Earlier this month, Julie Varughese came on board as Toward Freedom’s new editor. Julie comes to us having worked as a newspaper reporter, video producer and communications professional in a variety of settings. She has been working with the Black Alliance for Peace since its inception, supporting their impressive growth over the past four years. Julie’s strong writing, editing, video, graphics and social media skills will be a boon to Toward Freedom as we expand and grow to serve a more diverse audience and cover different parts of the world. This past week, Julie edited and published stories on Colombia, Haiti, Afghanistan, Palestine, and drones in Iraq, Afghanistan and Yemen. Please drop her a line at editor@towardfreedom.org with any comments or suggestions. Welcome, Julie!
Sam Mayfield led the organization during a period of transition in our operations, finances, and governance, with a clear vision and commitment to high-quality reporting and analysis of global events and grassroots movements from an anti-imperialist perspective. Her principled leadership, strong work ethic, and experience as a reporter and filmmaker were invaluable as we navigated multiple challenges over the past several years. Thank you, Sam!
Check out towardfreedom.org for all the latest, and expect to see increased presence of Toward Freedom stories on Facebook, Twitter and Instagram in the coming weeks. 
Thanks to you Toward Freedom readers for your continued support!
On behalf of the Toward Freedom Board of Directors,
Rebecca Kemble
President
The world is shocked by the image of an 11-story residential building in Gaza collapsing because of a bomb dropped by the Israeli Defense Force, one of the most advanced armies in the world thanks to U.S. support. But in the United States, Andrew Yang, former presidential candidate and now candidate for mayor of New York City, proudly proclaims he stands with the “heroic people of Israel” who are under attack from the vicious, occupied Palestinians, who have no army, no rights and no state.
But as politically and morally contradictory as Yang’s sentiments might appear for many, the alternative world of Western liberalism has a different standard. In that world, liberals claim that all are equal with inalienable rights. But in practice, some lives are more equal and more valuable than others. 
In the liberal world, Trump is condemned for attempting to reject the results of the election and indicating he might not leave office at the end of his term. But as soon as Biden occupied the White House, one of his first foreign policy decisions was to give the U.S.-imposed Haitian president, Jovenel Moïse, a green light to ignore the demands of the Haitian people and the end of his term in February. He remains in office.  
In the liberal world, the United States that has backed every vicious right-wing dictator in the world since the Second World War, orchestrates coups, murders foreign leaders, attacks nations fighting for independence in places like Vietnam, trains torturers, brandishes nuclear bombs, has the longest-held political prisoners on the planet, is number one in global arms sales, imprisons more people than any other nation in the world, has supported apartheid South Africa and is supporting apartheid Israel—while championing human rights! 
In the liberal world, the United States can openly train, fund, and back opposition parties and even determine who the leader of a nation should be, but react with moral outrage when supposedly Russian-connected entities buy $100,000 worth of Facebook ads commenting on “internal” political subjects related to the 2016 election.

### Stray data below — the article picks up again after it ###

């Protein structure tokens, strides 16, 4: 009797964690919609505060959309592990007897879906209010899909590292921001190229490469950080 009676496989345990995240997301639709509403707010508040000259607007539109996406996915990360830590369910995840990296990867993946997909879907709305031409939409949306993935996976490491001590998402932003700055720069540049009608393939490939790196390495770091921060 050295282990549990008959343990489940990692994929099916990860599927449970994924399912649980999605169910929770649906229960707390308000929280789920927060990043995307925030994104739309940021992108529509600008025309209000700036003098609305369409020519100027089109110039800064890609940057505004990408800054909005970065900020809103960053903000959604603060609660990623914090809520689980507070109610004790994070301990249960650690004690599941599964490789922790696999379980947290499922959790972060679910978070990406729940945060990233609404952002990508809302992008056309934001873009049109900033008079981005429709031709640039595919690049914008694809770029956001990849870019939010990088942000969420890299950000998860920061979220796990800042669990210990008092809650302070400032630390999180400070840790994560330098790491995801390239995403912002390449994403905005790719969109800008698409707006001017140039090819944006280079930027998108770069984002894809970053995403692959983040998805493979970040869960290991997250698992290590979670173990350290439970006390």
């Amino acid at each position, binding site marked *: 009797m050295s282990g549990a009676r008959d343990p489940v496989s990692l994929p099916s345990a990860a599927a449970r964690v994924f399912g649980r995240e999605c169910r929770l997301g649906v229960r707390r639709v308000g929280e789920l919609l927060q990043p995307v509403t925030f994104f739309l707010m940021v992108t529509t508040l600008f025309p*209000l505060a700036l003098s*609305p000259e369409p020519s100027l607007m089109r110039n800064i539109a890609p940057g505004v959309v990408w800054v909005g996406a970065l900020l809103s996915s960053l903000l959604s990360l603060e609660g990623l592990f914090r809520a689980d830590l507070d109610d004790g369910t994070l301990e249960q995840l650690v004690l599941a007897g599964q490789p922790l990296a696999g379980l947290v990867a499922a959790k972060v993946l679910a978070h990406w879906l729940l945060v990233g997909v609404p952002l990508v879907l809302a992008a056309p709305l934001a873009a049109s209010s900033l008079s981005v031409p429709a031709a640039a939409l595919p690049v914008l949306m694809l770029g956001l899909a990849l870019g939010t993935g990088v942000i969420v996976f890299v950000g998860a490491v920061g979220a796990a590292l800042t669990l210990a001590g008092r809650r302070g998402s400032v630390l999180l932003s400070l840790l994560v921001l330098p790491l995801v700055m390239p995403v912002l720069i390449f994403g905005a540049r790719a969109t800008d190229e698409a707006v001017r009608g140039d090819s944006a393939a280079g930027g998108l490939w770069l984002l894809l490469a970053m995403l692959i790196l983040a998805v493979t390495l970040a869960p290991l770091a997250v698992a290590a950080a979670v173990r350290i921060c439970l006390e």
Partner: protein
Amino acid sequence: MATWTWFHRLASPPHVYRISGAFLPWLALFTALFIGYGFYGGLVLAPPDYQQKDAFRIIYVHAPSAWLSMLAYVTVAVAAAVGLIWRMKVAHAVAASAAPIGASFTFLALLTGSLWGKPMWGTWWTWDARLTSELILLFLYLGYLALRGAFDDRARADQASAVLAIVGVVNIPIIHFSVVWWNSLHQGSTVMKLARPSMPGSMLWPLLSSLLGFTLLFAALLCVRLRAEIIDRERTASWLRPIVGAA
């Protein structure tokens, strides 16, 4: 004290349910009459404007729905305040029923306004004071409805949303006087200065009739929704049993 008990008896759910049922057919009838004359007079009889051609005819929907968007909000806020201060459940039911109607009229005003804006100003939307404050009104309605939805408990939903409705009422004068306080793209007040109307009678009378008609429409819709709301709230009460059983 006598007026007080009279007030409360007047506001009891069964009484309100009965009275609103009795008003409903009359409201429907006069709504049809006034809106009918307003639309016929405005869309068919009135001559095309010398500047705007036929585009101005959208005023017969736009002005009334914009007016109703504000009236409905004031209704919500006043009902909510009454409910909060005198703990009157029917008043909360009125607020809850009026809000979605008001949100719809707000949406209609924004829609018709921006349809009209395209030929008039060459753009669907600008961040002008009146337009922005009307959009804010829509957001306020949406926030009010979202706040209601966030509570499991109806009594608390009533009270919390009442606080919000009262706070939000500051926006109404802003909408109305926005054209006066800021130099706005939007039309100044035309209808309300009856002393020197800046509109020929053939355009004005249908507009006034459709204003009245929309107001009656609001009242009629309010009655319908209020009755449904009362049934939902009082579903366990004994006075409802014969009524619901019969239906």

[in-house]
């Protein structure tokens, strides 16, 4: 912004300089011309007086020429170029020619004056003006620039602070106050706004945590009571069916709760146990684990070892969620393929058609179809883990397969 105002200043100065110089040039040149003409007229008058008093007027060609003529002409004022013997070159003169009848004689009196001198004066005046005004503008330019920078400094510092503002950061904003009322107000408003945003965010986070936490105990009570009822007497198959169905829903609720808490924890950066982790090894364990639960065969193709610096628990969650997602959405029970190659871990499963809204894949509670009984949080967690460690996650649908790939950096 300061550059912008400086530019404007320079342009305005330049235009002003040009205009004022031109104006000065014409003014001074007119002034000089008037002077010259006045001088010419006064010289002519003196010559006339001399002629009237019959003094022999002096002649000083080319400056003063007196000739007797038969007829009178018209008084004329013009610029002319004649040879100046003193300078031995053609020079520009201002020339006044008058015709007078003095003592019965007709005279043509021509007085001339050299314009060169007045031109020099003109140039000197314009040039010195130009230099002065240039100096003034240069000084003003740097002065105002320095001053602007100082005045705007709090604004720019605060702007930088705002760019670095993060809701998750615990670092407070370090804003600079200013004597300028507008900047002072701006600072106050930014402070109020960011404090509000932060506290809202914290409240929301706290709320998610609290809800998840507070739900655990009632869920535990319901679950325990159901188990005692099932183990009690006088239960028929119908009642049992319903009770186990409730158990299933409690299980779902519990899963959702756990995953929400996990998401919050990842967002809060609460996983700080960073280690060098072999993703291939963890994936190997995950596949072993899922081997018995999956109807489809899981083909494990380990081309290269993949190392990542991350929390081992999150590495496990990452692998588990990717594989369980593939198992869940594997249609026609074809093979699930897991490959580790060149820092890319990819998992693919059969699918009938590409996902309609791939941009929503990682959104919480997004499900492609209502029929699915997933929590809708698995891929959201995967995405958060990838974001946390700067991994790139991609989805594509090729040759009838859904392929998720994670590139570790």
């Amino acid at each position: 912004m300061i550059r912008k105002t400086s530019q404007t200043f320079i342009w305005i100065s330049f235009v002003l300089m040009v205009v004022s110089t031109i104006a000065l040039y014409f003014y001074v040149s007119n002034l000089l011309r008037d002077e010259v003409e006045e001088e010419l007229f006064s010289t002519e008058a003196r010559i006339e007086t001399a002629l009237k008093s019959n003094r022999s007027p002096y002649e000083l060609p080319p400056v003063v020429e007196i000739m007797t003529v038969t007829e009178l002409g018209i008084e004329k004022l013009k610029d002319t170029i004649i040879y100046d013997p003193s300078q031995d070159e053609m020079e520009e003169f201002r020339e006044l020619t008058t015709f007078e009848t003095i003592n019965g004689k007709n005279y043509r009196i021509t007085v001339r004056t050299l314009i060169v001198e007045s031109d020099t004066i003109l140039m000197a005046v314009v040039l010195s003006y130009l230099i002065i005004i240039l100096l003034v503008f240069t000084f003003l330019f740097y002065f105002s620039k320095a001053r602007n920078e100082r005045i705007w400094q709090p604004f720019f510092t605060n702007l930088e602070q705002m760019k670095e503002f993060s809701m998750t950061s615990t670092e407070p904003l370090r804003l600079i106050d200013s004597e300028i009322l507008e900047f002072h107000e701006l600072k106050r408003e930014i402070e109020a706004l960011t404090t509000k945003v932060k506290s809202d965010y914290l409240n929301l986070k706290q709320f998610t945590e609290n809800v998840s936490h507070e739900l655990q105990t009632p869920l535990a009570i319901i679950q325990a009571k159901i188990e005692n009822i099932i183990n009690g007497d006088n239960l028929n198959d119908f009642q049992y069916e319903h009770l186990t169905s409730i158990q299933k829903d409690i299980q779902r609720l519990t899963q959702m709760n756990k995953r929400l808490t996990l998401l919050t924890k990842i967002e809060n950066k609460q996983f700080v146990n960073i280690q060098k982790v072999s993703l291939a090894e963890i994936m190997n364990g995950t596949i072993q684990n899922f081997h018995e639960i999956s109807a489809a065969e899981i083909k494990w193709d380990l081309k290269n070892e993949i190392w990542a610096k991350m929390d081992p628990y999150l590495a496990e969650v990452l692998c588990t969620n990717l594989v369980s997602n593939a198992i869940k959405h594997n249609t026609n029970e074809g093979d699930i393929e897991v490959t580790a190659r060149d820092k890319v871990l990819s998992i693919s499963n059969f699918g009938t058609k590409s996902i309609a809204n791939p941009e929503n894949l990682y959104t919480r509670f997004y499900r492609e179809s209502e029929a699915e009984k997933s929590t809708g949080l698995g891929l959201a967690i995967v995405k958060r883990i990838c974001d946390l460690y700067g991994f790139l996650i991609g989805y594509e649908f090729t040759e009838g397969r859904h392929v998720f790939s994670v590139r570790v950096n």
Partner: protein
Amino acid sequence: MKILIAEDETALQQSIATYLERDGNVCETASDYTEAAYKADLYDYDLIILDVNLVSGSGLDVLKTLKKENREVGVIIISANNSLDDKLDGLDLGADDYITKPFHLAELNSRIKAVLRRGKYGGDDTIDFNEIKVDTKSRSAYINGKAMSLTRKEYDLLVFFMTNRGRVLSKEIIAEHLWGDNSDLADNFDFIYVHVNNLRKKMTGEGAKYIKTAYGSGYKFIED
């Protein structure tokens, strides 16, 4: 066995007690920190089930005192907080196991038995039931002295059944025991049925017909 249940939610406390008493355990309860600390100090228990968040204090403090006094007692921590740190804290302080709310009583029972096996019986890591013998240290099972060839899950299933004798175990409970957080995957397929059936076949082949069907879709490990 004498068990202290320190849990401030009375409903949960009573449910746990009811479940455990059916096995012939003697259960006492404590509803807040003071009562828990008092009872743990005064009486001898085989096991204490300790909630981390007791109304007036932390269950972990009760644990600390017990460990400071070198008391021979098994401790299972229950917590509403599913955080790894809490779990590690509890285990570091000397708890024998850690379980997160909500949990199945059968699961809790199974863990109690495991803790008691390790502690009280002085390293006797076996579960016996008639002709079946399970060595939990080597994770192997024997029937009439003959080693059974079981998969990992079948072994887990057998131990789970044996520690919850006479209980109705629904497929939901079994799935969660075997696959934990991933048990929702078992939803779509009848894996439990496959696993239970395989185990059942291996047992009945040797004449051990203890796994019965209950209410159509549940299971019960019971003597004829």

In the liberal world, Democrats build on racist anti-China sentiments and the identification of China as a national threat, and then pretend they had nothing to do with the wave of anti-Asian racism and violence. 
In the liberal world, liberals are morally superior and defend Black life as long as those lives are not in Haiti, Libya, Colombia, Venezuela, Brazil, all of Africa, and in the jails and prisons of the United States.

In the liberal world, you can—with a straight face—condemn the retaliatory rockets from Gaza, the burning of a police station in Minneapolis, attacks on property owned by corporations in oppressed and exploited communities, attacks on school children fighting back against police in Baltimore, and attacks on North Koreans arming themselves against a crazed, violent state that has already demonstrated—as it did with Libya—what it would do to a state that disarmed in the face of U.S. and European aggression. 
And in the liberal world, Netanyahu is a democrat, the Palestinians are aggressors and Black workers did not die unnecessarily because the United States dismantled its already underdeveloped public health system. 
What all of this is teaching the colonized world, together with the death and violence in Colombia, Haiti, Palestine and the rest of the colonized world, is that even though we know the Pan-European project is moribund, the colonial-capitalist West is prepared to sacrifice everything and everyone in order to maintain its global dominance, even if it means destroying the planet and everyone on it. 
That is why Biden labels himself an “Atlanticist”—shorthand for a white supremacist. His task is to convince the European allies it is far better to work together than to allow themselves to be divided against the “barbarians” inside and at the doors of Europe and the United States.

The managers of the colonial-capitalist world understand the terms of struggle, and so should we. It must be clear to us that for the survival of collective humanity and the planet, we cannot allow uncontested power to remain in the hands of the global 1 percent. The painful truth for some is if global humanity is to live, the Pan-European white supremacist colonial-capitalist project must die.  
This article was originally published in Black Agenda Report.
Ajamu Baraka is the national organizer of the Black Alliance for Peace and was the 2016 candidate for vice president on the Green Party ticket. Baraka serves on the Executive Committee of the U.S. Peace Council and leadership body of the United National Antiwar Coalition (UNAC). He is an editor and contributing columnist for the Black Agenda Report and contributing columnist for Counterpunch. He was awarded the U.S. Peace Memorial 2019 Peace Prize and the Serena Shirm award for uncompromised integrity in journalism.  

Copyright Toward Freedom 2019